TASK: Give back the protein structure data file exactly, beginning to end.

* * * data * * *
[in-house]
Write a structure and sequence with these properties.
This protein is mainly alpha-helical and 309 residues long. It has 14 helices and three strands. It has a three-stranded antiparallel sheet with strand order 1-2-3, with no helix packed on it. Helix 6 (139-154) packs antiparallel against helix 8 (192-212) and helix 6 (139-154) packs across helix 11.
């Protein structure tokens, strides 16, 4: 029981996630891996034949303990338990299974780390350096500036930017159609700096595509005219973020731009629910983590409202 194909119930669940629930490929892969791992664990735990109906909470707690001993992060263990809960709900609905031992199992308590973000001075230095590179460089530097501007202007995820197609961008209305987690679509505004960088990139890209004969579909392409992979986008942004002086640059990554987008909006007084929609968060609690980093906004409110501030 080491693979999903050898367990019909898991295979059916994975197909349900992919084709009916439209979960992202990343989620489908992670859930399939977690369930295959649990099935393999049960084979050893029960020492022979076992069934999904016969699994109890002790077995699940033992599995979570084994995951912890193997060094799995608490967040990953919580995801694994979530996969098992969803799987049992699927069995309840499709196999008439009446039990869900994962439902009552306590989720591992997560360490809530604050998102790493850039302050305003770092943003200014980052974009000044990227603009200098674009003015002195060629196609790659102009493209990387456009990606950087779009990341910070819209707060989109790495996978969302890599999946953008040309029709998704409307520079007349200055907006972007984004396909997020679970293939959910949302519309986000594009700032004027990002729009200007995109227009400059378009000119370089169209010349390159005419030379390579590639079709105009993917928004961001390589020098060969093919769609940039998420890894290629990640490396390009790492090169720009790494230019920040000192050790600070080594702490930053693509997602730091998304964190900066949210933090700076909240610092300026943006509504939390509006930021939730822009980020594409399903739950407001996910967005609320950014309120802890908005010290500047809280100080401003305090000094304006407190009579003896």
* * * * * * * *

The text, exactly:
[in-house]
Write a structure and sequence with these properties.
This protein is mainly alpha-helical and 309 residues long. It has 14 helices and three strands. It has a three-stranded antiparallel sheet with strand order 1-2-3, with no helix packed on it. Helix 6 (139-154) packs antiparallel against helix 8 (192-212) and helix 6 (139-154) packs across helix 11.
């Protein structure tokens, strides 16, 4: 029981996630891996034949303990338990299974780390350096500036930017159609700096595509005219973020731009629910983590409202 194909119930669940629930490929892969791992664990735990109906909470707690001993992060263990809960709900609905031992199992308590973000001075230095590179460089530097501007202007995820197609961008209305987690679509505004960088990139890209004969579909392409992979986008942004002086640059990554987008909006007084929609968060609690980093906004409110501030 080491693979999903050898367990019909898991295979059916994975197909349900992919084709009916439209979960992202990343989620489908992670859930399939977690369930295959649990099935393999049960084979050893029960020492022979076992069934999904016969699994109890002790077995699940033992599995979570084994995951912890193997060094799995608490967040990953919580995801694994979530996969098992969803799987049992699927069995309840499709196999008439009446039990869900994962439902009552306590989720591992997560360490809530604050998102790493850039302050305003770092943003200014980052974009000044990227603009200098674009003015002195060629196609790659102009493209990387456009990606950087779009990341910070819209707060989109790495996978969302890599999946953008040309029709998704409307520079007349200055907006972007984004396909997020679970293939959910949302519309986000594009700032004027990002729009200007995109227009400059378009000119370089169209010349390159005419030379390579590639079709105009993917928004961001390589020098060969093919769609940039998420890894290629990640490396390009790492090169720009790494230019920040000192050790600070080594702490930053693509997602730091998304964190900066949210933090700076909240610092300026943006509504939390509006930021939730822009980020594409399903739950407001996910967005609320950014309120802890908005010290500047809280100080401003305090000094304006407190009579003896």